Hillary Clinton's "Cap and Trade" Ploy in India
by TexasGOPVote on July 20, 2009 at 1:44 PM
The Obama Administration has been receiving much outrage lately on behalf of the proposed cap-and-trade bill (HR 2454). Texas GOP Vote previsouly discussed how this bill, which will dramatically increase our electric bills and further destroy jobs, is based merely upon computer models with no guarantee of success. Republicans everywhere are asserting against this bill- so what does the Obama Administration do to stall our protests? The Administration sends Hillary Clinton, US Secretary of State, to appeal their low-carbon legislation to India.
Financial Times reports that Hillary Clinton made a statement in India yesterday attempting to lure India into an agreement in which India will work with the U.S. in order to embrace a low-carbon future. Clinton explained that "low-carbon emissions would not jeopardize India’s high economic growth rates and its goal of lifting millions of people out of poverty."
Hmm, this government fabrication seems all too familiar. The Obama Administration has already tried to put it past us that this low-carbon legislation will help our economy- but we know better. Now, they are trying to make India victim to this over-regulated nonsense.
Fortunately for India, Jairam Ramesh, India's environment minister, rejected Clinton's low-carbon bid. Not only did he not appreciate the pressure Clinton was putting on him to reduce emissions, but he was also angered by potential carbon tariffs stating, “And as if this pressure was not enough, we also face the threat of carbon tariffs on our exports to countries such as yours.”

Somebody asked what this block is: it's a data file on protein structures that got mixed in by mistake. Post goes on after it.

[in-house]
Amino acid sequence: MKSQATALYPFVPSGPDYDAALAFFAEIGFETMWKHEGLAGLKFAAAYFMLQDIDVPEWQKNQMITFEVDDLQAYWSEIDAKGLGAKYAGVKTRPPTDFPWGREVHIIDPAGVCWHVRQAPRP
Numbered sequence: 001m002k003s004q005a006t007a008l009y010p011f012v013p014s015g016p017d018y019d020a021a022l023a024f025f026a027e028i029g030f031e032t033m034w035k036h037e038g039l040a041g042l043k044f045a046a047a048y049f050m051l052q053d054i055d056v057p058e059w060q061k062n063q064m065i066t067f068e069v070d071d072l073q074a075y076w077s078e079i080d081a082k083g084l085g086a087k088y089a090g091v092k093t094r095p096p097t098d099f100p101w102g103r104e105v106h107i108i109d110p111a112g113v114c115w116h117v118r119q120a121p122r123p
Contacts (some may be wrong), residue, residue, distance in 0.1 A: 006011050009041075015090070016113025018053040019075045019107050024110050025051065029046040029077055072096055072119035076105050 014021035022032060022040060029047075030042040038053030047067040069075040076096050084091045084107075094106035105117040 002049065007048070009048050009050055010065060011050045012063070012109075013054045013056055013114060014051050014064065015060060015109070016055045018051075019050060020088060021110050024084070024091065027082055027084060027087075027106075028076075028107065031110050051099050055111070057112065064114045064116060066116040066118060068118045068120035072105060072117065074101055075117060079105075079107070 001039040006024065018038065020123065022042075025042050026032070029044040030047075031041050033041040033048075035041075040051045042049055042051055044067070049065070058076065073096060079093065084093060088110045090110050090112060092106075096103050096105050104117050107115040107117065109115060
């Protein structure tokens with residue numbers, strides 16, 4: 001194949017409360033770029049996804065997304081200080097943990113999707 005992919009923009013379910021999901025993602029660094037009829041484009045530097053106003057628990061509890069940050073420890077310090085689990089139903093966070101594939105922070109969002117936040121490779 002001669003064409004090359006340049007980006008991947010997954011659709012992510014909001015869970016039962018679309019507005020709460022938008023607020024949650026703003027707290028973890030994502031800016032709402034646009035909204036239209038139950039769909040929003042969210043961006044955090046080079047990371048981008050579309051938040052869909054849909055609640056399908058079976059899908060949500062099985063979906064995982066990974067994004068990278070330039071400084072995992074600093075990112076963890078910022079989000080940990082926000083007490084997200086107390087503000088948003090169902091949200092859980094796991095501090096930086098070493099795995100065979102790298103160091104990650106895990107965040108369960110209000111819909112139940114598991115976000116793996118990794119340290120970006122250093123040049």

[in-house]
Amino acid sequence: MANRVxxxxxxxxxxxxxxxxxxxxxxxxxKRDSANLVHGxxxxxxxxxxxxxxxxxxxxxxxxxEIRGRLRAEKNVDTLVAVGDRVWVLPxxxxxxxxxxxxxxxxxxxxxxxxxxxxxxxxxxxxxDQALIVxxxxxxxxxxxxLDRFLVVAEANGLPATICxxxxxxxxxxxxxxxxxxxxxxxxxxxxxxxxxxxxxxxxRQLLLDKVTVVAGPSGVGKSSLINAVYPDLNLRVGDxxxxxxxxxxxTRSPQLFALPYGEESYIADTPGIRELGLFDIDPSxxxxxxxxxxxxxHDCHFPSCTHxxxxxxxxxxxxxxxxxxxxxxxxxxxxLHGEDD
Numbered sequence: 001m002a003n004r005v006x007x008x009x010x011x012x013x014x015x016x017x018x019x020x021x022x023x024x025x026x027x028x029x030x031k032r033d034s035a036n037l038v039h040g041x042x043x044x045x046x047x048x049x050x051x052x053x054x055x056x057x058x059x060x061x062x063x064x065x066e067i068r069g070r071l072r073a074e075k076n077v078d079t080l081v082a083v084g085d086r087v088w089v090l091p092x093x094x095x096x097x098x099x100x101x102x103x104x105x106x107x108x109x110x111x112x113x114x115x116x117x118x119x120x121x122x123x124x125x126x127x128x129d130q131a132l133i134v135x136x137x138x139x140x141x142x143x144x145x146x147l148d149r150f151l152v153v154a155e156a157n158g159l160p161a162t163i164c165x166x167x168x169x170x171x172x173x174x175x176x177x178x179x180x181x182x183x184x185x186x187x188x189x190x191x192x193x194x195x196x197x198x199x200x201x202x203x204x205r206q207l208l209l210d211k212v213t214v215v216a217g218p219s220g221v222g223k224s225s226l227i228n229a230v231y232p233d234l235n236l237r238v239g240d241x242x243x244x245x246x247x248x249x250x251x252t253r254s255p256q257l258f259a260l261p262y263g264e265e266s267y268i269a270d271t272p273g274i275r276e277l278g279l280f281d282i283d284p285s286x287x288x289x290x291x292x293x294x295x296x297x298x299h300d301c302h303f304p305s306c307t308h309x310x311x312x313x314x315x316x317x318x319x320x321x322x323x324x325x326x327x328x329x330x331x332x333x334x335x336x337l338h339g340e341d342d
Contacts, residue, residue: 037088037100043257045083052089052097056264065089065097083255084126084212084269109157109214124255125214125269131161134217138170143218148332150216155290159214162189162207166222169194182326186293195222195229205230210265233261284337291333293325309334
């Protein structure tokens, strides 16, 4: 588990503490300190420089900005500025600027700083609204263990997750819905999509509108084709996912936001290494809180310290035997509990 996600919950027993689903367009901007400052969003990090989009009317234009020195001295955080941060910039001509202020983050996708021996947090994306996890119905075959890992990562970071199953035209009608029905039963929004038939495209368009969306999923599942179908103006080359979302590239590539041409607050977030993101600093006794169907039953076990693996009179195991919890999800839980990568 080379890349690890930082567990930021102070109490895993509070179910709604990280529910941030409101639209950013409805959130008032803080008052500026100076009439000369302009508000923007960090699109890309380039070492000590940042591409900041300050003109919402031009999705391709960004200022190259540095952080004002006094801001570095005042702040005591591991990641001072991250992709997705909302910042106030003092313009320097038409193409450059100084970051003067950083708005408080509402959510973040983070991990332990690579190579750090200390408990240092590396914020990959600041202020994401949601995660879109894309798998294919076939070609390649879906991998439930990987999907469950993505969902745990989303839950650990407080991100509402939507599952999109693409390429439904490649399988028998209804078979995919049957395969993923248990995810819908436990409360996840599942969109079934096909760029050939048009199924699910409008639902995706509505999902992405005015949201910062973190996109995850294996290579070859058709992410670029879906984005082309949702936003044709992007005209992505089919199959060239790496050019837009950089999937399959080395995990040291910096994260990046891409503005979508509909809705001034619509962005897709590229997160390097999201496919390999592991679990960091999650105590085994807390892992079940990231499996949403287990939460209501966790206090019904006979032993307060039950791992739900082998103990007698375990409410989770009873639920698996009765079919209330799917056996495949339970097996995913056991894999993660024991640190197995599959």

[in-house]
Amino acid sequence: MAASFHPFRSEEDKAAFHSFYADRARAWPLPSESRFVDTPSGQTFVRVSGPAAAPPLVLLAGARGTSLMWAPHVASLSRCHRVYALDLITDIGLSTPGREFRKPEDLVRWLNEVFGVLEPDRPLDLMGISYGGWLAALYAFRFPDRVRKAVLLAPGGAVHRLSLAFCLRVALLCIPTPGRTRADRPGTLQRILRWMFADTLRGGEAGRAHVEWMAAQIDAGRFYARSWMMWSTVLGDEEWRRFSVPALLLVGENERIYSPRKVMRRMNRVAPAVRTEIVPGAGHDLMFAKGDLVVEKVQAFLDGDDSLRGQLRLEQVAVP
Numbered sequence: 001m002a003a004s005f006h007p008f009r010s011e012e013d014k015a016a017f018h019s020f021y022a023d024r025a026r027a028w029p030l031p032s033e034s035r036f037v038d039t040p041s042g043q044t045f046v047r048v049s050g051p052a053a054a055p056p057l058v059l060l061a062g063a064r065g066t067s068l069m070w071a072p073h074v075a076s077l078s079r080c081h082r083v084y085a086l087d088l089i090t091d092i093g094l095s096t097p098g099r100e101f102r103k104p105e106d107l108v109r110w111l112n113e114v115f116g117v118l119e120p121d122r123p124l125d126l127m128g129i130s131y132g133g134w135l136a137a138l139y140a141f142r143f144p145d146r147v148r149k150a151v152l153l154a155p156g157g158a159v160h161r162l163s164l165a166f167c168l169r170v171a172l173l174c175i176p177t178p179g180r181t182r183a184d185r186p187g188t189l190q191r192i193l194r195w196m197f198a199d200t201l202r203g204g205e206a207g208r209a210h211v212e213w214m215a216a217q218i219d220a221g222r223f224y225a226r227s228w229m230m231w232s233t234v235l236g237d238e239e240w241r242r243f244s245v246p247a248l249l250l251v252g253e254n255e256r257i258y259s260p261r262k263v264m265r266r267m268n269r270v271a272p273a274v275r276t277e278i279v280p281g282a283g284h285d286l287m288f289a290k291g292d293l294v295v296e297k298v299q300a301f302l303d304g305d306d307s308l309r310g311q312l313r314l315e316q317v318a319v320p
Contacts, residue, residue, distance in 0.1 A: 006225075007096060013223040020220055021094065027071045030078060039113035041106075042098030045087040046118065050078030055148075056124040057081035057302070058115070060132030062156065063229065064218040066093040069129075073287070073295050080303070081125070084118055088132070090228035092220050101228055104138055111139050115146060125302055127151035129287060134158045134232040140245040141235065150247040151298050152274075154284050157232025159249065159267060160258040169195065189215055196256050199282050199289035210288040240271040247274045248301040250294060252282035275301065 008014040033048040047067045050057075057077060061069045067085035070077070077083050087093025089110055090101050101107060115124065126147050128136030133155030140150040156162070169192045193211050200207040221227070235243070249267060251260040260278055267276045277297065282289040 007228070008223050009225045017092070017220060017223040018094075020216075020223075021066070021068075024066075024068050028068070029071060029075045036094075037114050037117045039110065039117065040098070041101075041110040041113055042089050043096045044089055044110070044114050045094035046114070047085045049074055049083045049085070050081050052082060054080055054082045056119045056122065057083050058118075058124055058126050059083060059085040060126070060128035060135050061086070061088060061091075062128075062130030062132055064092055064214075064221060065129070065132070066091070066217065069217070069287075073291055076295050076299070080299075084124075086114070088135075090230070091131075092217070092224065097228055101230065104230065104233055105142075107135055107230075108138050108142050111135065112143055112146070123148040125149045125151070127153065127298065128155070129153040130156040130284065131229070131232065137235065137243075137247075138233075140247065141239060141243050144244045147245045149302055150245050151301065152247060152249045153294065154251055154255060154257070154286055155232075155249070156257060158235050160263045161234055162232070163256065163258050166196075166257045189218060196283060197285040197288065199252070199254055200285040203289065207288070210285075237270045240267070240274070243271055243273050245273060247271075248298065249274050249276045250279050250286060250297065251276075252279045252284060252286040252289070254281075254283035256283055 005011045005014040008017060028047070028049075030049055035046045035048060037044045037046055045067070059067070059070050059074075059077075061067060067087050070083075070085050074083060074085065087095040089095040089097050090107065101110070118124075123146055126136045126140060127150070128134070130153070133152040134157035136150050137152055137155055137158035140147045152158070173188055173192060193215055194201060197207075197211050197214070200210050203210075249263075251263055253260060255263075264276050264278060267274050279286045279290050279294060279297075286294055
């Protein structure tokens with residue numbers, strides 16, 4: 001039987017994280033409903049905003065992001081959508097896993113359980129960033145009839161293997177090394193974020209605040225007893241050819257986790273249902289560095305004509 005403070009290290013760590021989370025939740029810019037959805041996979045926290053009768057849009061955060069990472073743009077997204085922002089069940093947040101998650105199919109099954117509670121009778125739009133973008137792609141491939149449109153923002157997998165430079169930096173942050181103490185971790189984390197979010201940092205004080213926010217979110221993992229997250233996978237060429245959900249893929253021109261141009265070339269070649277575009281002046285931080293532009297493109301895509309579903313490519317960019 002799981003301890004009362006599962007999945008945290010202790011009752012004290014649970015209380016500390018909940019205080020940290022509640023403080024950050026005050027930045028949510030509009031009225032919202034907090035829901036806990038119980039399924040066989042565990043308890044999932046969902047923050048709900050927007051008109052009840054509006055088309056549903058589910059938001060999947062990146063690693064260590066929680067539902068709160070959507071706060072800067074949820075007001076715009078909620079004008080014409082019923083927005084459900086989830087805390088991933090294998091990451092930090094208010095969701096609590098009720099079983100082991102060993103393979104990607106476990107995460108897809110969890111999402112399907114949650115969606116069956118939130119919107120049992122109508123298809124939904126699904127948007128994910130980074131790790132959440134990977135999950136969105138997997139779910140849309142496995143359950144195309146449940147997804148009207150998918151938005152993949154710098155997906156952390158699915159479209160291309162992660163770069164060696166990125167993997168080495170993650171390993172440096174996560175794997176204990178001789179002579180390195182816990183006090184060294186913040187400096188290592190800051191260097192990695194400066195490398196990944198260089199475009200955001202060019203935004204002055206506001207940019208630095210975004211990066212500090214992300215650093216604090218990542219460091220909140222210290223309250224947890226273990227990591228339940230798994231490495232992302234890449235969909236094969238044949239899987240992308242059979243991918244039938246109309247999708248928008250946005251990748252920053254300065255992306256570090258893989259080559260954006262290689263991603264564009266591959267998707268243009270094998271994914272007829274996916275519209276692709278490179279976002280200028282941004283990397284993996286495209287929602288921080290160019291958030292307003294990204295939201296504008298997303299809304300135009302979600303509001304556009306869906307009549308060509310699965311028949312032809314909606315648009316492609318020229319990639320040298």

While the Indian government had close ties to the United States under Republican President George W. Bush, these ties are loosening with the Democrat's administration. Some Indian officials are starting to "express anxieties that a Democrat administration may turn to more protectionist measures in an economic downturn."
How many countries will need to reject the Obama Administration's appeal for a low-carbon legislation before the message gets through to them? Quit wasting time trying to get the rest of the world on-board with a counterproductive solution and start trying to devise a plan that will actually work.